Several other important games emerged during the late 80’s and 90’s. In 1989, The Assembly Line developed a unique puzzle game called “Pipe Dream,” where players set pipe tiles to control the flow of toxic waste. A Windows version was released in 1990, packaged as part the “MS Windows Entertainment Pack,” along with “Minesweeper,” another puzzle game. A similar game to “Pipe Dream” called “Troubled Souls” was released for Mac computers in 1994.
“Lemmings,” widely considered to be one of the best puzzle games ever created, was released in 1991. “Lemmings” was a computer game where players were required to herd a group of mindless creatures to safety through many dangerous areas. Its popularity encouraged the development of several sequels, including “Xmas Lemmings,” “Oh No! More Lemmings,” “Lemmings 2: The Tribes,” “3D Lemmings,” and “Lemmings: Revolution.”
The 2000s saw an upswing in the development of internet-based puzzle games. Popcap games was and is one of the most successful and well-known online game studios, having produced the wildly popular “Bejeweled,” which was entered into the Computer Gaming World Hall of Fame. Popcap has produced many other games as well, including “Zuma,” a chain shooter, and “Alchemy,” a matching game.
Big Fish Games has been another important developer of online puzzle games during the 2000s. The Mystery Case Files games are some of their most well-known, and mix features of adventure games and hidden object games.
Many recent puzzle games have been and are being created by independent developers. In 2008, Kyle Gabler and Ron Carmel released World of Goo, a physics puzzle game for several different computer operating systems, including Windows and Mac OS X. The object of the game is to overcome terrain challenges using structures made from goo balls. It has garnered prestigious awards from many media sources in the gaming industry, including IGN, Gamespot, and Eurogamer. Other recently developed independent titles include “Braid,” a time-defying puzzle platformer created by Jonathan Blow in 2008, and “Osmos,” a biologically inspired action puzzle developed by Hemisphere Games in 2009.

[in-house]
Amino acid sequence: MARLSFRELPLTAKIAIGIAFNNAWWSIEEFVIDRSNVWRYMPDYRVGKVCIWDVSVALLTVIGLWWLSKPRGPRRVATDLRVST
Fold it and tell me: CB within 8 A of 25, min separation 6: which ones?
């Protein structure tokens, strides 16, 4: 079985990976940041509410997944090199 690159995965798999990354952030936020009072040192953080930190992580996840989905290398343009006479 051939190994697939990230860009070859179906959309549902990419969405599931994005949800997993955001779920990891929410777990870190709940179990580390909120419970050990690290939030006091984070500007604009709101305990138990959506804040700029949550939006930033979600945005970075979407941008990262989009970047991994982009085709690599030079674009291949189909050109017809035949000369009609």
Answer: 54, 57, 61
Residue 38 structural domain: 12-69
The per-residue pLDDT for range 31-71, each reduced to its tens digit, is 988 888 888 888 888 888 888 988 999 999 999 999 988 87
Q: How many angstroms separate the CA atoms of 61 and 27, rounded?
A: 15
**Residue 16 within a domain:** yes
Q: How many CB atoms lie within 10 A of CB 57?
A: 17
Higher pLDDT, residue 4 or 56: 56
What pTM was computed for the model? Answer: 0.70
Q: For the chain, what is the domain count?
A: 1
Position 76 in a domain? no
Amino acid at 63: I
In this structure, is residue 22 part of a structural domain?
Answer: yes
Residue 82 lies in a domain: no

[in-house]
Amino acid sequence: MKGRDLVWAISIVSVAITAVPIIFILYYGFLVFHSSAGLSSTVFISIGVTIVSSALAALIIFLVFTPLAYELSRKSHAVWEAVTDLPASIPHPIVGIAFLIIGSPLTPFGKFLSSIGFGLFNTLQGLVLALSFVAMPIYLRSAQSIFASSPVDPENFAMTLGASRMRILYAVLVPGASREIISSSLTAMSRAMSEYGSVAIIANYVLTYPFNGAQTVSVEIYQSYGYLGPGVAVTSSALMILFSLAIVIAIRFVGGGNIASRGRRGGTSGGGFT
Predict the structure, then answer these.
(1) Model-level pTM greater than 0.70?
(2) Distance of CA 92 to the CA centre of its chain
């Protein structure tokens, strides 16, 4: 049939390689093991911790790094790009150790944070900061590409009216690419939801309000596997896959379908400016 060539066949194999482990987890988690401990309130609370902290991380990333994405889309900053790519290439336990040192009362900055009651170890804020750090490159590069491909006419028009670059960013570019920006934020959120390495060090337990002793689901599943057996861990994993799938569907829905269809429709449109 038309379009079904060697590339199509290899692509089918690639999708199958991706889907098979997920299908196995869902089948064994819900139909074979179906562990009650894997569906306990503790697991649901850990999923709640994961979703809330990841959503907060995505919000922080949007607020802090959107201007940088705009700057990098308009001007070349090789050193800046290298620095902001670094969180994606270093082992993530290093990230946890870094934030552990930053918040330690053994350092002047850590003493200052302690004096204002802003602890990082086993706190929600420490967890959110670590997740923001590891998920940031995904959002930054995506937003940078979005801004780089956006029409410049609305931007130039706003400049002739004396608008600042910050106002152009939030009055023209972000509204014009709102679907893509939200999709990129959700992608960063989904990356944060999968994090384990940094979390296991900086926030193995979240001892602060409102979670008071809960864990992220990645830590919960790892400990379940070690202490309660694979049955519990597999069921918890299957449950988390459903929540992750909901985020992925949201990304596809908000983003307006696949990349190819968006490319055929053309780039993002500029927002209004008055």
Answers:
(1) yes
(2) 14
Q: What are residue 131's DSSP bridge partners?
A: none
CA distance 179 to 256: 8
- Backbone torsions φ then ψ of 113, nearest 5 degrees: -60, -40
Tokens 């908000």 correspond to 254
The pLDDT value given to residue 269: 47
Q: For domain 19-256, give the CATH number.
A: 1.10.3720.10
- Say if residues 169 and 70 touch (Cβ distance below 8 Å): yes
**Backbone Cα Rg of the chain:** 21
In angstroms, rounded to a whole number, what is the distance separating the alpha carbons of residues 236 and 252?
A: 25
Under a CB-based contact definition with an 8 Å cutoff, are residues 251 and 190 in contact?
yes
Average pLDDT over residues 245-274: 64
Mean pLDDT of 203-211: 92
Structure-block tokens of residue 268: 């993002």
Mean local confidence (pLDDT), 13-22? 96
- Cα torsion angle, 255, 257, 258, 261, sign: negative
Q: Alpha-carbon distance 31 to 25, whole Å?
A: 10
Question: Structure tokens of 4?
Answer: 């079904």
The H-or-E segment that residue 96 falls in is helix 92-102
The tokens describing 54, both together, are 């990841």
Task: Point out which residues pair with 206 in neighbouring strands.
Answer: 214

Though many puzzle games are available online, developers continue to produce these games for traditional platforms as well, though most of these tend to be action puzzles. “Portal,” and its sequel, “Portal 2,” released by Valve Corporation in 2007 and 2011, are both good examples of timing-related action puzzle games. Both games were extremely successful.
Who Would Like These Games?
Puzzle games are perfect for people whose idea of fun is sitting down with a cup of tea and a sudoku pad. If a gamer gains satisfaction from solving problems, he or she will probably enjoy puzzle games.
While some of them require decent critical thinking skills, most puzzle games don’t require a significant time commitment. They also don’t generally require the same amount of hand-eye coordination that many first-person shooters and RPGs do. This makes many puzzle games, especially the online ones, also perfect for people who just want to sit down and distract themselves for a little while without the complications of paying attention to a storyline or keeping track of a character’s statistics.
Players who prefer to unwind by shooting people and blowing things up will likely not appreciate puzzle games, since most of them have very little to do with combat of any kind.